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415 Both allogeneic and syngeneic induced pluripotent stem cell (iPSC) vaccines decrease tumor growth and improve survival in a prophylactic mouse model of breast cancer
  1. Sahil Inamdar,
  2. Carlos A Obejero-Paz,
  3. Pratima Kundu,
  4. Skylar R Foust,
  5. Ivan Hernandez,
  6. Nigel G Kooreman,
  7. Stephen D Wolpe,
  8. Lynne A Bui and
  9. Matthias Hundt
  1. Khloris Biosciences, San Jose, CA, USA
  • Journal for ImmunoTherapy of Cancer (JITC) preprint. The copyright holder for this preprint are the authors/funders, who have granted JITC permission to display the preprint. All rights reserved. No reuse allowed without permission.


Background Extensive data on gene expression, metabolic state and glycosylation of cancer cells suggest that cancer represents a reversion of adult cells to an embryonic state and that induced pluripotent stem cells (iPSC) model this state. In contrast to cancer cells, iPSC have never undergone immunoediting and therefore present hundreds of oncofetal antigens in their native conformations. Previous studies have demonstrated the efficacy of syngeneic iPSC vaccination in a variety of cancer models. In this study, we administered vaccines comprising syngeneic or allogeneic iPSC together with the Toll-like receptor (TLR) 9 agonist CpG1826 (CpG) as an adjuvant and compared their immunogenicity and preclinical efficacy in a prophylactic mouse model of breast cancer.

Methods FVB mice (n=10) received a course of 6 weekly injections with previously cryopreserved 107 irradiated (60Gy) allogeneic (C57BL/6) or syngeneic (FVB) iPSC admixed with 1nmol CpG, or CpG alone as control. After the 5th treatment, mice were injected with 5x105 DB7 syngeneic breast cancer cells s.c. Tumor growth and survival were monitored for 60 days post tumor injection. Mice were euthanized when tumor volume reached 2000 mm3. IgG antibody binding to iPSCs, syngeneic DB7 cells and other cancer cells from sera collected before the 5th treatment was studied by flow cytometry. T cell responses were evaluated by γ-interferon-ELISPOT and cytotoxicity assays.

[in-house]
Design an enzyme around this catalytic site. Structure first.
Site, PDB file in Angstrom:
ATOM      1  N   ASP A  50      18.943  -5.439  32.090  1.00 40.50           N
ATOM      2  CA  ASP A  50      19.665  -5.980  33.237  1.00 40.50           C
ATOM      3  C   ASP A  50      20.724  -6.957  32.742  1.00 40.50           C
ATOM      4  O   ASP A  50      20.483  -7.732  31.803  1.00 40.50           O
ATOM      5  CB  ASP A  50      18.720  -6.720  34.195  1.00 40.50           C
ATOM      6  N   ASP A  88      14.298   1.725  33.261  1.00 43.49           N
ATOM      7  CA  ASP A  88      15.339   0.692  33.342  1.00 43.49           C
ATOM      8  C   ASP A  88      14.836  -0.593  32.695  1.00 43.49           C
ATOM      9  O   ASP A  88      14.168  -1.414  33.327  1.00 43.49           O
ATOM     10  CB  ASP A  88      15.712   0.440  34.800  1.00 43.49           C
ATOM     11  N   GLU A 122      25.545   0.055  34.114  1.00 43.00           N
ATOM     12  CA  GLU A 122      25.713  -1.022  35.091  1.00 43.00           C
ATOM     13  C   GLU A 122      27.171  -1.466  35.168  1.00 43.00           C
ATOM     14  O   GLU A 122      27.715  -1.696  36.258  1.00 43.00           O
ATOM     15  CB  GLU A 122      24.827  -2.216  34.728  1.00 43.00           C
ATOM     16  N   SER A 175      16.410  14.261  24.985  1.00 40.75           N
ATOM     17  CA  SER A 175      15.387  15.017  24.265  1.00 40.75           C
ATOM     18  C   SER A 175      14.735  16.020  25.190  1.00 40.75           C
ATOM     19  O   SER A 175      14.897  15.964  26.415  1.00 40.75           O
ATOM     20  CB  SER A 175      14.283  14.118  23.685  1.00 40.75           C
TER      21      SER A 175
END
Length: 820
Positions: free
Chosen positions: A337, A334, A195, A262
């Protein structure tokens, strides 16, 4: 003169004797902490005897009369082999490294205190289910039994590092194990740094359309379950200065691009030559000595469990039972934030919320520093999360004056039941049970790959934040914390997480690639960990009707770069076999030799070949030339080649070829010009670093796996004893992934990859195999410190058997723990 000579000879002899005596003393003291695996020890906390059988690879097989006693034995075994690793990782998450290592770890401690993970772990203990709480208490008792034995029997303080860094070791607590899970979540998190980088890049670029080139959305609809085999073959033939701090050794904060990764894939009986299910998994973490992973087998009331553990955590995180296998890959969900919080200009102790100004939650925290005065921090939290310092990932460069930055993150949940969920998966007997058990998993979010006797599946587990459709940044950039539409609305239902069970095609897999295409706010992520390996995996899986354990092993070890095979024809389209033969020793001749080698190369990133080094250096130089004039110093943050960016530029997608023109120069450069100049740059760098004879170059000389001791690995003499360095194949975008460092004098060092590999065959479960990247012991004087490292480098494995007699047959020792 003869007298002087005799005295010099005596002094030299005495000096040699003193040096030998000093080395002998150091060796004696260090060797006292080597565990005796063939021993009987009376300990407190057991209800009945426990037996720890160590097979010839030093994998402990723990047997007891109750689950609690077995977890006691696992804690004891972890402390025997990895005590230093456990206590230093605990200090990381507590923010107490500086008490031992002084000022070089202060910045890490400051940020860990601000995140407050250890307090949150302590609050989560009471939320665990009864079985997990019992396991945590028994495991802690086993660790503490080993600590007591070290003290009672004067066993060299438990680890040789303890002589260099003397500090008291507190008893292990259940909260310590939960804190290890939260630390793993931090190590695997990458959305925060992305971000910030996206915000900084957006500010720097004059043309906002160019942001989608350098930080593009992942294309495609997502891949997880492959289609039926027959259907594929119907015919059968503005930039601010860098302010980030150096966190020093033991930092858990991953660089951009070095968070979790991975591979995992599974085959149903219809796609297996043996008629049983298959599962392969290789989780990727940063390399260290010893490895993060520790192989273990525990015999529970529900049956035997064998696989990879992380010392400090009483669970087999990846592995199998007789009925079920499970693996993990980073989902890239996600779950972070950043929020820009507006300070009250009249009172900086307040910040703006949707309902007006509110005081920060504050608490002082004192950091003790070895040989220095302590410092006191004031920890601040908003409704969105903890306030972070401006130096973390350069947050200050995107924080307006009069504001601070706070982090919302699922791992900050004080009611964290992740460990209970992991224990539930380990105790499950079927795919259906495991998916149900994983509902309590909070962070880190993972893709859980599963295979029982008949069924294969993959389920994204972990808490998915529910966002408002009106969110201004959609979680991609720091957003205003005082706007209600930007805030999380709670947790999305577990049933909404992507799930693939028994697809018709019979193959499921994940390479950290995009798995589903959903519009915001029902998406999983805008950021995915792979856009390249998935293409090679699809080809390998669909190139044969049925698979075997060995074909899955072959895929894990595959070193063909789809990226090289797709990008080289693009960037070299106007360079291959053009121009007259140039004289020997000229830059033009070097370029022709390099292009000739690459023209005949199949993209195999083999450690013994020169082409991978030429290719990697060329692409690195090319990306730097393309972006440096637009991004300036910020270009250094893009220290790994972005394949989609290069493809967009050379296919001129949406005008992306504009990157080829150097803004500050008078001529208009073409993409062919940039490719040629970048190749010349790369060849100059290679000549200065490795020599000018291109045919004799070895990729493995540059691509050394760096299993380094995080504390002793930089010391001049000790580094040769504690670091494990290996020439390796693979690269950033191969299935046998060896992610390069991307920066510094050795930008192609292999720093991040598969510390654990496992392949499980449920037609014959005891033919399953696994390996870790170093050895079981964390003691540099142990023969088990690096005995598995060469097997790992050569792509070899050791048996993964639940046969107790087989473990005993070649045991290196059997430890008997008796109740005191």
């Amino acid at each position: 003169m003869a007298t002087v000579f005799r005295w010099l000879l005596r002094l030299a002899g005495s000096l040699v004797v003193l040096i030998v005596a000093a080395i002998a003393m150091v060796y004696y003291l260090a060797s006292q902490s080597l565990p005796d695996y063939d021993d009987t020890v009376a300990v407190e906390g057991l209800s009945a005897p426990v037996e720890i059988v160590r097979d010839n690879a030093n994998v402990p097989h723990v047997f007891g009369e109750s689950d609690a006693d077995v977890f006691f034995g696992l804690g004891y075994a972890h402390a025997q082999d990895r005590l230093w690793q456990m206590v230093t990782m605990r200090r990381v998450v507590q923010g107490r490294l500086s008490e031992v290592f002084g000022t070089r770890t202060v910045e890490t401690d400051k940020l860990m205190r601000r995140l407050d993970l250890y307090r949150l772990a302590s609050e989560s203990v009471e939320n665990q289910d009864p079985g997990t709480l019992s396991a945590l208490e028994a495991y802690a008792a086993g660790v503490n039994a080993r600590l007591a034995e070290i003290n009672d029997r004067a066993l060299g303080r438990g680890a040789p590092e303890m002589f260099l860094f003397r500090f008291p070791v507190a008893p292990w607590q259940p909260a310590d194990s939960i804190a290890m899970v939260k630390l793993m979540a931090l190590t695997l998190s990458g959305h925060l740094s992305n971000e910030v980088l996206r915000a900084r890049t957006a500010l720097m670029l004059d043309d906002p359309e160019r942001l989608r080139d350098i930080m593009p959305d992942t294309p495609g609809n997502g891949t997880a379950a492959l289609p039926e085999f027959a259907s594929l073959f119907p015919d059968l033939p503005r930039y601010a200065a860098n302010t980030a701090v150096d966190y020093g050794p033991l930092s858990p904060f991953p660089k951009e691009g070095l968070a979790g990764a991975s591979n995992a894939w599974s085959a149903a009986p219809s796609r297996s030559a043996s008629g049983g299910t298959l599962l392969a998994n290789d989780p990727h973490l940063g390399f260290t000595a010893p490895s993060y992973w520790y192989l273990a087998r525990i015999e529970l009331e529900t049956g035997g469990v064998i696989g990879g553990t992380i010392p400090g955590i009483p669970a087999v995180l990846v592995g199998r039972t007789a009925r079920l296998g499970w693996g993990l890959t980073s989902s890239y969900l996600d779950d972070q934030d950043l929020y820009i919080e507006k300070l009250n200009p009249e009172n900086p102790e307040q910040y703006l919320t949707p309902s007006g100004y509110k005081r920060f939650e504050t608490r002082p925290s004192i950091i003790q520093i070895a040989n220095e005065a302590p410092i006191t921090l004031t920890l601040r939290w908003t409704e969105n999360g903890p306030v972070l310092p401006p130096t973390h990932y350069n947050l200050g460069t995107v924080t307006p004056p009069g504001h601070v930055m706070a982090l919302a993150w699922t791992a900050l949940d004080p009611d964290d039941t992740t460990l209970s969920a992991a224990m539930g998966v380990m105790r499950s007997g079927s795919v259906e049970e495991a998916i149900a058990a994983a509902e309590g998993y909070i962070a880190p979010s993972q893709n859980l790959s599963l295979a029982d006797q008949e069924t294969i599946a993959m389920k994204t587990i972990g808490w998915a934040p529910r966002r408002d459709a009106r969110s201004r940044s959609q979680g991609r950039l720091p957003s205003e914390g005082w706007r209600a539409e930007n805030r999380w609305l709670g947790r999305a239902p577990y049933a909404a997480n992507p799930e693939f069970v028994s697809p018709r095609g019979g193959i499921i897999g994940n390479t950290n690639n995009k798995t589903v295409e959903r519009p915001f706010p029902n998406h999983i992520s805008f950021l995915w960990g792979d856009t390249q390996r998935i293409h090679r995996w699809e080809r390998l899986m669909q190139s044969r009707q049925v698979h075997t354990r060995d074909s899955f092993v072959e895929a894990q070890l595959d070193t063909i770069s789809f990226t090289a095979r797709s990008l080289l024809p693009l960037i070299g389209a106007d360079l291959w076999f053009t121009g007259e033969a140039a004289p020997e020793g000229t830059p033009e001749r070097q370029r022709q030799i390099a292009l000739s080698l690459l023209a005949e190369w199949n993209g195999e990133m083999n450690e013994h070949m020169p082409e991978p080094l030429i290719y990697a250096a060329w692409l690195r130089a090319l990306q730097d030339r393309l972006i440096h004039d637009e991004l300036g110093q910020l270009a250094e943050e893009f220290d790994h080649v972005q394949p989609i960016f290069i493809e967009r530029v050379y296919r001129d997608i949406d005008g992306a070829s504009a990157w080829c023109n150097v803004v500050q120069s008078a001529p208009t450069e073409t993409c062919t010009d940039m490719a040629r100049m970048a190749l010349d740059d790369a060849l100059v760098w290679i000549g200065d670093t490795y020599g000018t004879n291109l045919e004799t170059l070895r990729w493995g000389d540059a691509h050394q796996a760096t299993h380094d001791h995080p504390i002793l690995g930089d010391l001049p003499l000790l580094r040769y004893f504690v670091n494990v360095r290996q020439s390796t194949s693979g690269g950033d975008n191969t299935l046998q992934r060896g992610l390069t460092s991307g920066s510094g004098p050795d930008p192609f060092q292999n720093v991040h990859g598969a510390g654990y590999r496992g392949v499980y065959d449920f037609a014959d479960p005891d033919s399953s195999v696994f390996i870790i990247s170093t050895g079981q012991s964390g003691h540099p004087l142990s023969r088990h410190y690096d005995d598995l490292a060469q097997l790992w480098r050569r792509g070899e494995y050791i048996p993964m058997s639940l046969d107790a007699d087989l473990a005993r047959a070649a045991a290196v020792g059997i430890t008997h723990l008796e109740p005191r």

Results Both allogeneic and syngeneic iPSC+CpG vaccination significantly delayed tumor growth and increased survival in DB7 breast cancer mouse model as compared to CpG control. 70% of the mice injected with syngeneic and 60% of mice with allogeneic iPSC vaccine survived up to day 60 as compared to only 20% of CpG controls (p=0.0244, Mantel-Cox test) (figure 1). No statistically significant difference between allogenic and syngeneic iPSC vaccination was detectable (p=0.6128). Similar results were obtained for the tumor growth. Serum IgG binding to DB7 cancer cells increased ~30-fold after allogeneic and syngeneic iPSC+CpG vaccination compared to CpG control. No significant difference in the IgG antibody response between syngeneic and allogeneic iPSC vaccines were observed (p=0.4743, One-way ANOVA).

Conclusions Irradiated allogeneic and syngeneic iPSC admixed with TLR9 agonist CpG1826 induced similar antibody and T cell responses to iPSC, DB7 and other cancer cell lines. Allogeneic iPSC vaccine was as effective as syngeneic iPSC vaccine in delaying and decreasing tumor growth and in increasing survival in a prophylactic model of breast cancer. These results warrant further investigation of allogeneic iPSC vaccines in clinical trials for a variety of cancers.

Ethics Approval The study was approved by Valley Bio Services’ Institutional Animal Care and Use Committee; approval number VBS1002.

This is an open access article distributed in accordance with the Creative Commons Attribution Non Commercial (CC BY-NC 4.0) license, which permits others to distribute, remix, adapt, build upon this work non-commercially, and license their derivative works on different terms, provided the original work is properly cited, appropriate credit is given, any changes made indicated, and the use is non-commercial. See

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